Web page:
Let's talk Dexter.
This is one of those instances where I've ended up reading a book after having seen its film or TV adaptation. Usually I prefer to read the novel first – indeed sometimes I'll make a point of reading a novel before I get to see the adaptation, as with Dennis Lehane's Shutter Island – but that's not always possible, especially if I'm not even aware of a particular author's work at that time (I'm not as widely read as I maybe should be). I can think of a few instances off the top of my head where that's happened: I saw the films of both The Talented Mr. Ripley and Ripley's Game before I ever got near Patricia Highsmith's novels, and Point Blank many years prior to getting hooked on Richard Stark.
What is generally true, though, is that movies or TV shows are rarely better than the novels they're adapted from. They may approach a book in terms of quality, they may even equal it on occasion, but they very rarely better it. What's more common is that a film adaptation will go in a different direction than the source material, and may even end up being something quite extraordinary and transcend its origins, but as a consequence make any meaningful comparison with the original novel redundant. Slavishly faithful movies and TV shows do happen – Watchmen, say, or the aforementioned Shutter Island, both of which only slightly tampered with the originals – but there, often as not, something is lost. With Watchmen it was the intelligence and the formal complexity of the comics; with Shutter Island it was, I think, the book's soul – it wasn't a terribly deep novel, but Teddy's pain came across much more vividly in the novel.
And then there's Dexter, the TV show. Based on Jeff Lindsay's (a.k.a. Jeffry P. Freundlich) series of books about serial killer/blood spatter analyst Dexter Morgan, each season of Dexter is akin to a complete crime thriller. There are individual episode stories, sure, but there's always an overall arc for the series. I'd seen all four seasons of the show (season five starts soon) by the time I got round to reading the first book in the series, Darkly Dreaming Dexter, and I was struck by how similar the novel is to the first season. The plots of both are almost identical, and the characters are instantly recognizable. Thereafter the two diverge, but having recently read the fourth book in the series, 2009's Dexter by Design (I've yet to read numbers two and three), I realised that, for me, the TV show has become the definitive experience.
Now, this could well be because I saw so much of it before I read the books, but I don't think that's the whole reason. As ever with novels versus adaptations, the Dexter I saw in my head when I read Dexter by Design didn't quite match the telly version... but he also didn't quite match up to the screen Dexter, as portrayed by Michael C. Hall. Good though a lot of Dexter's internal monologue is in the book, it wasn't quite as zingy as Hall's voiceovers in the TV show, and sometimes the narration even dragged a bit. More than that, however, the print Dexter lacks some of the extra layers of the TV Dexter.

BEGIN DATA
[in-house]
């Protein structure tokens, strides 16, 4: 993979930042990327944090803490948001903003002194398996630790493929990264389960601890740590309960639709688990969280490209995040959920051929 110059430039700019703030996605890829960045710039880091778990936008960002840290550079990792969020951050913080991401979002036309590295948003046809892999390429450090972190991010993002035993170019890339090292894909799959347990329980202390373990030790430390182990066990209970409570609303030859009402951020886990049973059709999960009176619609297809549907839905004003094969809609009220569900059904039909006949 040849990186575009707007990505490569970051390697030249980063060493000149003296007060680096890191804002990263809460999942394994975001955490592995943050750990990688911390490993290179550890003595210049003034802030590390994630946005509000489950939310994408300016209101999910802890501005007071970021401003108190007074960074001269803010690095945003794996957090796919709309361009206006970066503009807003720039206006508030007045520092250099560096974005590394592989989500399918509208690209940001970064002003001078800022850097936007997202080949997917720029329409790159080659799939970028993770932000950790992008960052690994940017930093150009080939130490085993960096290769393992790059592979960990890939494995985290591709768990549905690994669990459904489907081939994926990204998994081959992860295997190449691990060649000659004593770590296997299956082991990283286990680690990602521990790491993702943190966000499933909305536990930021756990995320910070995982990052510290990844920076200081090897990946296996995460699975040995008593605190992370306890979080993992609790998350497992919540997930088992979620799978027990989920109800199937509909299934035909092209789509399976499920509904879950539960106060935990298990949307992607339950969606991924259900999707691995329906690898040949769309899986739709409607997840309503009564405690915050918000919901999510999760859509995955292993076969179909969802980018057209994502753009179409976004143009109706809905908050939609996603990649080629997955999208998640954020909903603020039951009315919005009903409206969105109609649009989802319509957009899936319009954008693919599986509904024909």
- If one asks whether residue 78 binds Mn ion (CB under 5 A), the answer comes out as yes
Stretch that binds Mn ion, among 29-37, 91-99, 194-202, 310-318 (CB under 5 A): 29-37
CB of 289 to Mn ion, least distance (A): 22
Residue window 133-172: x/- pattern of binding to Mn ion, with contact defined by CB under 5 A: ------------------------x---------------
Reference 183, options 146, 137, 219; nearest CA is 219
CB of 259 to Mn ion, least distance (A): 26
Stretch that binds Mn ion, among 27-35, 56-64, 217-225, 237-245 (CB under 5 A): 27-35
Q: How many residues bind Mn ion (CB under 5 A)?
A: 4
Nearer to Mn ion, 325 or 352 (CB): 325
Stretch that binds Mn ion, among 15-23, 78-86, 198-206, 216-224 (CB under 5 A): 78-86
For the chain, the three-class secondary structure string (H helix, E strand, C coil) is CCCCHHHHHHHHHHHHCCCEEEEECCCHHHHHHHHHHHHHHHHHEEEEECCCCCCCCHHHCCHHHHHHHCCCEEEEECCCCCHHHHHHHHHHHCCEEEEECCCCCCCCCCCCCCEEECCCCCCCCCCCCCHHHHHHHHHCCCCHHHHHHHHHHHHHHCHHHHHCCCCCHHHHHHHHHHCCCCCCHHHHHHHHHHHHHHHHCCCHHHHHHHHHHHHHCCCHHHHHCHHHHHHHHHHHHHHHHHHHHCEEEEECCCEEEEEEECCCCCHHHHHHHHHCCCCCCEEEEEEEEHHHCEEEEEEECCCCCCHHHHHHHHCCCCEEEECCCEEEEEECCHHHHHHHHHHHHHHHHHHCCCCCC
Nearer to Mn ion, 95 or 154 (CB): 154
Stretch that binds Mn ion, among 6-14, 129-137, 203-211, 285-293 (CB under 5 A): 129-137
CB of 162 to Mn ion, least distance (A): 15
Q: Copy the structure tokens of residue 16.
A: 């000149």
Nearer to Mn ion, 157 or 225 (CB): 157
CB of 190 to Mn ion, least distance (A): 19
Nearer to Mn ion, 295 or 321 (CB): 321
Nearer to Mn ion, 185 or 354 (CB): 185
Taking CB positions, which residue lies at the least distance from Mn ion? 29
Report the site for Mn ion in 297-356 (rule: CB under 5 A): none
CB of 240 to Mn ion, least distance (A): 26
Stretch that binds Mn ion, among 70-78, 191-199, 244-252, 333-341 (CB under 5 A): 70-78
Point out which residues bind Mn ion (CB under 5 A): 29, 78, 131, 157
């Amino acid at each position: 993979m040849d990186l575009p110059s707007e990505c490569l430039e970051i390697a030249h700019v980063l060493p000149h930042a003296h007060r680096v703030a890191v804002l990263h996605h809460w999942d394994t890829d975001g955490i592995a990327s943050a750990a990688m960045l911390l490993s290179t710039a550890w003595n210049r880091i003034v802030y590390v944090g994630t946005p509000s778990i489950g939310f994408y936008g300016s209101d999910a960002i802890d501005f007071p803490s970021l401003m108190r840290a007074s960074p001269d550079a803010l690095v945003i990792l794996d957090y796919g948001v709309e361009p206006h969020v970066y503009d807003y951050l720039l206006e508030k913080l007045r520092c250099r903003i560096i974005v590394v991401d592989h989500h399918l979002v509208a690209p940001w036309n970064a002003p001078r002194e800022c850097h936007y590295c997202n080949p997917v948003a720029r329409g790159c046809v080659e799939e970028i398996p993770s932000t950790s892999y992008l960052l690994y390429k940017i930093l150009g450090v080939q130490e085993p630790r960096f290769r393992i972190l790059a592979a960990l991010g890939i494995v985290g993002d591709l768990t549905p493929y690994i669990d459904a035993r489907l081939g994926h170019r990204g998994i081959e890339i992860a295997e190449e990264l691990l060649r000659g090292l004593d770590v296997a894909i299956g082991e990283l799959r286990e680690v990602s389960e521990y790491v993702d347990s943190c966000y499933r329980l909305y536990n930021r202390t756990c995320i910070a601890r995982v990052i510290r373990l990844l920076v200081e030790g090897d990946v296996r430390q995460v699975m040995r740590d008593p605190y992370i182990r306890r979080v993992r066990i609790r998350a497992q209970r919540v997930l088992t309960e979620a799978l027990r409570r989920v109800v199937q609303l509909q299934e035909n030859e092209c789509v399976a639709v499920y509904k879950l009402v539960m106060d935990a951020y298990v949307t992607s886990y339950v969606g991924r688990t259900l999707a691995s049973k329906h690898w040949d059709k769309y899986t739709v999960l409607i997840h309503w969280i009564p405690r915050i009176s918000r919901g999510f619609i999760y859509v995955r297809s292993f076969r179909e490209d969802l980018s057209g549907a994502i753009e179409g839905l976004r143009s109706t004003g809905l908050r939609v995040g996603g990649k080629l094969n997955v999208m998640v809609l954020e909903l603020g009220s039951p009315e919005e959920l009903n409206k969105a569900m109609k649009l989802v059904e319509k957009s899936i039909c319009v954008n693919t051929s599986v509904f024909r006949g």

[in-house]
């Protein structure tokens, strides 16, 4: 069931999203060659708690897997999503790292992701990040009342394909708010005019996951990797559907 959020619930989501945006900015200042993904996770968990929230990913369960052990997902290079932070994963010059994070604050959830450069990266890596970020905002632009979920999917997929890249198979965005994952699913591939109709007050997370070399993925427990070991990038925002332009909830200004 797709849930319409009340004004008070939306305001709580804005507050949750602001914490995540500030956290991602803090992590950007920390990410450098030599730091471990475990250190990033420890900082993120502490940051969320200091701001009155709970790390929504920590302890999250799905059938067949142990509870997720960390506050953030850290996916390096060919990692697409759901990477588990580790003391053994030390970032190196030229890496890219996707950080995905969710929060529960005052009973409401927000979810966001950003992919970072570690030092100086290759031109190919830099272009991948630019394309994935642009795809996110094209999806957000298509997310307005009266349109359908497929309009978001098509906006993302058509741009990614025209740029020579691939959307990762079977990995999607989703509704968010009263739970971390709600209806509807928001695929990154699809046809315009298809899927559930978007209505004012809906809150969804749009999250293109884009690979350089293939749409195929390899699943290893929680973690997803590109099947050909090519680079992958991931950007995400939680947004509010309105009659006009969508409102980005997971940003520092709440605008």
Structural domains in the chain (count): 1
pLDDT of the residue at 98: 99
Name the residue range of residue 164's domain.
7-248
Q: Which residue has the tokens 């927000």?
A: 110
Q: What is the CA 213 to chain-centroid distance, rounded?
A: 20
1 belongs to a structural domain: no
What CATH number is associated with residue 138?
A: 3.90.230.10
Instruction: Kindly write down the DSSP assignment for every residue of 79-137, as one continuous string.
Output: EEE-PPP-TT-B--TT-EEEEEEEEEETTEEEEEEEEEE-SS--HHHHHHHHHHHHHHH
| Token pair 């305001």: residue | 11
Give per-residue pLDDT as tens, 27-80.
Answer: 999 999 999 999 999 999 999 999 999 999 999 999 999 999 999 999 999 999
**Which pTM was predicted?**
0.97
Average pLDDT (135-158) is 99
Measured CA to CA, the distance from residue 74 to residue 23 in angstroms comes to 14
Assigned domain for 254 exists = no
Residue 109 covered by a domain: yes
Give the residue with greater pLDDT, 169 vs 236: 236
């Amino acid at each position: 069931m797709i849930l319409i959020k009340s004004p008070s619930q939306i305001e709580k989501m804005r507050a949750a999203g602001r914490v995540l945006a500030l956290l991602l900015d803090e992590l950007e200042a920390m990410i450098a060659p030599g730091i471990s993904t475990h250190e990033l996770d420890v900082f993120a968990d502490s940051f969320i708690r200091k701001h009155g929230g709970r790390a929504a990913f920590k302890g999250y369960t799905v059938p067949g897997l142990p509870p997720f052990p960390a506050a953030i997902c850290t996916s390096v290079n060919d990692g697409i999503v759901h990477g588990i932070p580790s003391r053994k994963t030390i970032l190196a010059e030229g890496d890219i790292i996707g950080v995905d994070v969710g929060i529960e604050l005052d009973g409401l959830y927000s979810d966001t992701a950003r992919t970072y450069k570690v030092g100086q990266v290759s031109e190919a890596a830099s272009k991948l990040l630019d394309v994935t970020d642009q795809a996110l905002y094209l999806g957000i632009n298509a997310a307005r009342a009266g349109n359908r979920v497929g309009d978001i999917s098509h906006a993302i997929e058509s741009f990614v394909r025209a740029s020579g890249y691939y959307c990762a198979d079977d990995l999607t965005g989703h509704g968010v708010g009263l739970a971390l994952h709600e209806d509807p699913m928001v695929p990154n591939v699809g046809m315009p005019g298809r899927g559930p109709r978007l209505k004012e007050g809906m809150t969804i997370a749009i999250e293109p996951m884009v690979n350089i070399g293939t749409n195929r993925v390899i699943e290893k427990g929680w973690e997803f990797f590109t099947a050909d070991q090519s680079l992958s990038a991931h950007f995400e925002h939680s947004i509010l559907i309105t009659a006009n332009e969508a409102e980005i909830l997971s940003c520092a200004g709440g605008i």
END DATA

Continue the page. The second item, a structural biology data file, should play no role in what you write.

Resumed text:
In the books (at least the two I've read), by the time of Dexter by Design, Dexter himself is essentially unchanged. He's discovered more about his Dark Passenger, sure, but other than that he's pretty much the same emotionless murderer he always was, except perhaps with some small sense of obligation to his adopted – and now in turn also homicidal – children. But on the TV show, the writers – Daniel Cerone, Clyde Phillips and Melissa Rosenberg – and in particular Hall have imbued Dexter with real depth, making him more human and more sympathetic – at least as sympathetic as a serial killer can be, anyway.
I guess fans of the books might complain that the television show dilutes Dexter, but I'd argue it actually enhances him, makes him a more rounded character, as it drills into what makes him tick and how inevitably he can come to question his existence. That's thrown into sharp relief by two similar plot strands in Dexter by Design and the TV show. In both that novel and in the season 4 episode Slack Tide, Dexter makes a mistake and kills an essentially innocent – if disagreeable – person. But whereas in the book this does little more than slightly trouble him, in the show it really has an impact and leads to something of a crisis. The same goes for the plots too. It seems to me that while the Dexter novels are fun, the show has more depth; it's a lot more gripping, with real consequences for Dexter and the other characters.
I picked up a first edition of the recently published fifth novel, Dexter is Delicious, the other week, so I'm intrigued to see how that one stacks up, particularly as it sees the return of an important character who shuffled off this mortal coil in the TV show but is very much alive in the books. But on the evidence thus far, in the case of Dexter books versus Dexter telly, I reckon that, for once, you could make a strong argument for an adaptation turning out to be better than its inspiration.
Er, which I guess is what I've just tried to do.
(* This is the dance that me and Rachel do to the theme tune of Dexter when we watch the show. Yes, we do a Dexter Dance. Demonstrations upon request.)